Quick, what’s the first word that comes to mind when you hear the word ‘forensics’? CSI? Despite being an IT guy, I still have morbid thoughts along the lines of a pathologist slicing into a cadaver. Or collecting stuff that might contain the perps’ DNA at a crime scene (fingerprints are so yesteryear.)
Webster’s defines forensics as “The use of science and technology to investigate and establish facts in criminal or civil courts of law.”
I think this fits well with corporate needs for network forensics using analysis tools. Many vendors have tools with catchy taglines on variants of “Retrospective Analysis”, “Business Forensics”, “Turn Back the Clock,” and so on. Unlike real-time, the basic premise behind network forensics is to mine data (usually via packets) and perform post analysis to reconstruct content or gather intelligence as to why certain things happened. In some ways, forensics is like detailed hindsight.
There are several areas where forensics can be applied. Samples of some broad categories include:
- Compliance: Oops, someone sent out company confidential financial information in an unencrypted email or used IM to gossip about an coworker's medical condition.
- Troubleshooting: Why did our network meltdown this morning? Why do our CRM users often experience poor performance in the afternoon?
- Verticals: Why did the core switch peg during a critical trading hour? Why are doctors losing wireless connectivity? Is our converged VoIP operating smoothly?
Returning to the Webster definition, analysis tools can be used to establish facts as to a particular network related event that is disturbing. By network, I mean the entire infrastructure from fabric to nodes to users – let’s not forget about the human element.
According to searchnetworking.com, Marcus Ranum is credited with saying “Network forensics is the capture, recording, and analysis of network events in order to discover the source of security attacks or other problem incidents.”
Thus by virtually all definitions of the term, forensics is traditionally associated with crime solving. This puts us more in the overall thinking of “when illicit things happened, what happened, and how can it be prevented?” whether from inside or outside sources. Contrast this to troubleshooting as mentioned above. Forensics is criminal. A slow network is not. Although one could argue that a dead network is criminal!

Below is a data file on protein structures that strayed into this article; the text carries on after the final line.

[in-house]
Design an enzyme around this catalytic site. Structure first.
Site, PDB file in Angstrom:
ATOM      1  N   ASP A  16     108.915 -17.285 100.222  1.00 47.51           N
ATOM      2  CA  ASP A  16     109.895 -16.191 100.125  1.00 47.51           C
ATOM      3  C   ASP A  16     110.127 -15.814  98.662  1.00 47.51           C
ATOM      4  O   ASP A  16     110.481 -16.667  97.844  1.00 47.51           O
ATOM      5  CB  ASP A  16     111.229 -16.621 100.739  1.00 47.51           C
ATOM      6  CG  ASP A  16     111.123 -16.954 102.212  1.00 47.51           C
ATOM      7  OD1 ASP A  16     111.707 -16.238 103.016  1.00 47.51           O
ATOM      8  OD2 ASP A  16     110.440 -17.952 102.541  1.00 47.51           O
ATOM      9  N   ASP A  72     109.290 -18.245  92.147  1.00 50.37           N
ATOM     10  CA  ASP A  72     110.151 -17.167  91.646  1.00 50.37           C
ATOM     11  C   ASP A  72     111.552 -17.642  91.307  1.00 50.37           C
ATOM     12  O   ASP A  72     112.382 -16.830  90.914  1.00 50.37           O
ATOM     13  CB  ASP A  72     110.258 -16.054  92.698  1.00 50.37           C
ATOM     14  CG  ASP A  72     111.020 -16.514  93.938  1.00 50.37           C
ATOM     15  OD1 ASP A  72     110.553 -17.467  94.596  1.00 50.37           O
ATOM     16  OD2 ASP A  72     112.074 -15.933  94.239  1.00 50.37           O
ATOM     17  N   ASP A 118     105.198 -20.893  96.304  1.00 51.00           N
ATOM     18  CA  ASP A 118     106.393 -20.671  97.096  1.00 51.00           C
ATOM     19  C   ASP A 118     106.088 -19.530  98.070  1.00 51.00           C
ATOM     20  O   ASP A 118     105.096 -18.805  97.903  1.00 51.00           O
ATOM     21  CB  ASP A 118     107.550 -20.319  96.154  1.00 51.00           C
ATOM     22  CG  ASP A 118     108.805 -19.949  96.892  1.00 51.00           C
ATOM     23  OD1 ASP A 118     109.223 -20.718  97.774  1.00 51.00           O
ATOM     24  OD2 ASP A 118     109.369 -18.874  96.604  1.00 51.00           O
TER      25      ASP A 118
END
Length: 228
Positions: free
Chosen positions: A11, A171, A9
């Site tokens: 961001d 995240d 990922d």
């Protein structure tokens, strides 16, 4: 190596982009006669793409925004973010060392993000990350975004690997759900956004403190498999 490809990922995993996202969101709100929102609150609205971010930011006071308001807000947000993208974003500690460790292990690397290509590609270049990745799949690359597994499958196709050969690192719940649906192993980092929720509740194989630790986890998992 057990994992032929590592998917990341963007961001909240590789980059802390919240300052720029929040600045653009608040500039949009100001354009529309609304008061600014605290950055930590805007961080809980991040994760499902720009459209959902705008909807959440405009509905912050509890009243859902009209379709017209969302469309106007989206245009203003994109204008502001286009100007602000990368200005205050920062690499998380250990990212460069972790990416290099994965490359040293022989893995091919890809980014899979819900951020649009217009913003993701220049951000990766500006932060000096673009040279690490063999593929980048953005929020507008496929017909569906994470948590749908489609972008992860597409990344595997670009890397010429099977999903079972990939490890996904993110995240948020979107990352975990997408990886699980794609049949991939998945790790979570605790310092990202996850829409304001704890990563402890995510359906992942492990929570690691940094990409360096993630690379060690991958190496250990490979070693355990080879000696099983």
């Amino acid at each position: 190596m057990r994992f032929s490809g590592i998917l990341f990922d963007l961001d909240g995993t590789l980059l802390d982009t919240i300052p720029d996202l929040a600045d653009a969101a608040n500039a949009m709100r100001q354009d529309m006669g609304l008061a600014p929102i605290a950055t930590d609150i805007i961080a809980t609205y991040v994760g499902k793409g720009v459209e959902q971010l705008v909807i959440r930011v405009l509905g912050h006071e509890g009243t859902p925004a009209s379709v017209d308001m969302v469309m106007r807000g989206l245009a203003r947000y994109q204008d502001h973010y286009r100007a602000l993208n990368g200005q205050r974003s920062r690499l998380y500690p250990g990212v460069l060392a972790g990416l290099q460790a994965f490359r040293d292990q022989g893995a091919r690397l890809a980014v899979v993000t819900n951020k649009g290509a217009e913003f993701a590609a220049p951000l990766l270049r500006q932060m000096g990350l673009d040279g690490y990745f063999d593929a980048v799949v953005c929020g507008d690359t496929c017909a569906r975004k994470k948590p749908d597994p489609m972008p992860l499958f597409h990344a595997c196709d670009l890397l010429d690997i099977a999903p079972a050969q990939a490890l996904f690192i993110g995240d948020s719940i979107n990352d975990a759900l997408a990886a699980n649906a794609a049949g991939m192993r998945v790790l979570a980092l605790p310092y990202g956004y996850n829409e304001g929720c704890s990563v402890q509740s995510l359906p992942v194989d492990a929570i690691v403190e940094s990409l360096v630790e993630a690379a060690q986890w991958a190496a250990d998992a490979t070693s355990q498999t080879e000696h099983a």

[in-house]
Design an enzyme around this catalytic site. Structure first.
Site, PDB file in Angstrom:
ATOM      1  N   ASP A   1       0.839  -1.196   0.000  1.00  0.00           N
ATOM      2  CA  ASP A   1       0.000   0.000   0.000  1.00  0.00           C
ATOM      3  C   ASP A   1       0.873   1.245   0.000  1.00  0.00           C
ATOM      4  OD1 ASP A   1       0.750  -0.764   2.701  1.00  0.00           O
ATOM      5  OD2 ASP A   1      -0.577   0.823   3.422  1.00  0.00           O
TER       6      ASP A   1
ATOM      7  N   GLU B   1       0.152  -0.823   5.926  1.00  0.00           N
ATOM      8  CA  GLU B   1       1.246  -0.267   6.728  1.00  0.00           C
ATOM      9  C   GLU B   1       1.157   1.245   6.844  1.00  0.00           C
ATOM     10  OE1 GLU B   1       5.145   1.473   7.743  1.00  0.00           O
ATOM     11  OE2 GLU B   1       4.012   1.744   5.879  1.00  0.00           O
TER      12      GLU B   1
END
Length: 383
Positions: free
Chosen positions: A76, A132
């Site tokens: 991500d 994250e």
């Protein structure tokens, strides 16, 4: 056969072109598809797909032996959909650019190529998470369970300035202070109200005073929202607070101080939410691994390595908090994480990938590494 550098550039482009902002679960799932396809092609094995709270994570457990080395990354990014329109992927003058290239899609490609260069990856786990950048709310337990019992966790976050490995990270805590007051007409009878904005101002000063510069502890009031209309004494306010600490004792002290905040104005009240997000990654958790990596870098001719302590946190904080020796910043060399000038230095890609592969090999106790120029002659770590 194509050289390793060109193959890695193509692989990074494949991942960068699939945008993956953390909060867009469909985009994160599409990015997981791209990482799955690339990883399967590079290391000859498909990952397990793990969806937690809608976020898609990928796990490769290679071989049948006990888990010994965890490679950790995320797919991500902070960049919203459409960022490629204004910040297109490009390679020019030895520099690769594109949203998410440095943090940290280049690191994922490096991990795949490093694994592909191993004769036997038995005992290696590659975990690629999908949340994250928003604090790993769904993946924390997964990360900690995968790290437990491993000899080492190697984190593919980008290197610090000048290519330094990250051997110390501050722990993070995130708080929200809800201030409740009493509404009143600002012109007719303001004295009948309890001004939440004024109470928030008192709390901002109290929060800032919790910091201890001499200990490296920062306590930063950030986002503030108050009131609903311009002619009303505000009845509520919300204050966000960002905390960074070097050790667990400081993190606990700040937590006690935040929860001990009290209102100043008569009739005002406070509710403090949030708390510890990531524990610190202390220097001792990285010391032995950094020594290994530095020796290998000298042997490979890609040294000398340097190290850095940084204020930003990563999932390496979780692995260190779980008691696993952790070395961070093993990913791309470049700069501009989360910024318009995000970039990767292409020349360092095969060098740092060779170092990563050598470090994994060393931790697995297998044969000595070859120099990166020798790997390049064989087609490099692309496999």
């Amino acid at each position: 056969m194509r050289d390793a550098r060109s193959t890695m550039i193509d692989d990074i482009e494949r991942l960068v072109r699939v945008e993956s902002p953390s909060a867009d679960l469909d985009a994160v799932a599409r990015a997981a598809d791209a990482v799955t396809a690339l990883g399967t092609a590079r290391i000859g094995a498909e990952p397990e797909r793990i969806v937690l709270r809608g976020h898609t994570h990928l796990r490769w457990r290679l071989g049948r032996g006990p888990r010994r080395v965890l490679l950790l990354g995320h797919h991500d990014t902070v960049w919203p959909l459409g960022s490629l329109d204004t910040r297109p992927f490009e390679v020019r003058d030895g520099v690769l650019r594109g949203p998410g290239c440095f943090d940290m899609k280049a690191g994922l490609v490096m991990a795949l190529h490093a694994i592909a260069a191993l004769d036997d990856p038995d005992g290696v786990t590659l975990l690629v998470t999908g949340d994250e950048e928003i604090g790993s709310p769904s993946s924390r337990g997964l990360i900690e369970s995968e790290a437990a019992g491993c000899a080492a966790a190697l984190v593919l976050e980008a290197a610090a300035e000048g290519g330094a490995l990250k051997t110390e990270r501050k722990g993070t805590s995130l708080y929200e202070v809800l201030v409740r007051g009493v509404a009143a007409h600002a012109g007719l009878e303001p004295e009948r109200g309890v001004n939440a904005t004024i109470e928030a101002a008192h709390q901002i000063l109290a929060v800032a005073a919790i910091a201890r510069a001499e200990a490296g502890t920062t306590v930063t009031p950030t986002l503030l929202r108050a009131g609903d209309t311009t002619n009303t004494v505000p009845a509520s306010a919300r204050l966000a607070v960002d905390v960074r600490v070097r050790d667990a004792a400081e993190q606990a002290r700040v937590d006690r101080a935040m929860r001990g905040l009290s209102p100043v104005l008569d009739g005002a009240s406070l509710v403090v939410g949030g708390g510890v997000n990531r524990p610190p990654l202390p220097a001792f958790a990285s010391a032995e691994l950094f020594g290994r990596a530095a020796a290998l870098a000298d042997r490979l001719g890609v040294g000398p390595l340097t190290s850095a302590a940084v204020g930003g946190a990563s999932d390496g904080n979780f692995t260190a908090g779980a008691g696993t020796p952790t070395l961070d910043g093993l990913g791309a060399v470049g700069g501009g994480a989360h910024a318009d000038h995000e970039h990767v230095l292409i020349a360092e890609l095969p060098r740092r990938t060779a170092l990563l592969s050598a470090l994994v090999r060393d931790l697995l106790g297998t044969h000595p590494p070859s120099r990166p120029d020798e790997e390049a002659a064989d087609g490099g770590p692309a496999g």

There’s also a relatively new category of forensics – enterprise forensics that focuses both on user activity and what drives or doesn’t drive the business (analytics + behavior). Is what we’re seeing on the network consistent with business objectives? Apdex (a measure of application satisfaction with respect to end-users) is a good measure of this. Now we’re crossing the boundary over into Application Performance Management (APM) along with user behavior and IT vs. business expectations.
Some companies in fact have attempted with limited success, to focus on the behavioral aspect of forensics. According to the book Digital Evidence and Computer Crime, “Behavioral evidence analysis provides a systematized method of synthesizing the specific technical knowledge and general scientific methods to gain a better understanding of criminal behavior and motivation.”
The big question here is whether or not unusual behavior can be predicted in advance based on characteristics of anomalous activity. So what if Johnny does a 2 gig file transfer on Friday afternoon? Maybe it’s a routine back-up. Maybe it’s a one-off OS patch. Furthermore, who cares if our WAN utilization is 100% during that time, as long as it’s fair access for all and all access for one when no one else is on at the moment? Naturally, illegal file sharing and such is cause for alarm, but there will always be unpredictable anomalous spikes that don’t fit baselines.
I used to teach in my network analysis and troubleshooting courses that having 100% utilization is not necessarily a bad thing and should not be sending and setting off SNMP traps and alarms all over the place. Of course, you don’t want one user or application to consume all the bandwidth for extended periods of time. But brief bursts of 100% can actually be a good thing. After all, if no application can ever utilize 100% of the pipe, then perhaps we should optimize things. The key is to get on and off the network as quickly as possible – big pipes (and low end-to-end latency) help to achieve that. But I digress.
Forensics tools need to provide the flexibility to blend real-time analysis with forensics and allow you to optimize the tool for your given situation. Is 100% capture to disk of massive amounts of data important to you? Where do you need to cover (capture) in your network, what is the nature of the traffic, and what are the capture bandwidth requirements? How long do you need to keep the data around? How important are the distributed aspects and how efficient is the data conveyed to centralized consoles or distributed consoles shared by multiple engineers (investigators)? Do you prefer that the forensics data mining and subsequent analysis be carried on at the remote engines or brought back to the console to analyze locally and/or take off-line?
So slip on a mask and a pair of latex gloves and get to work!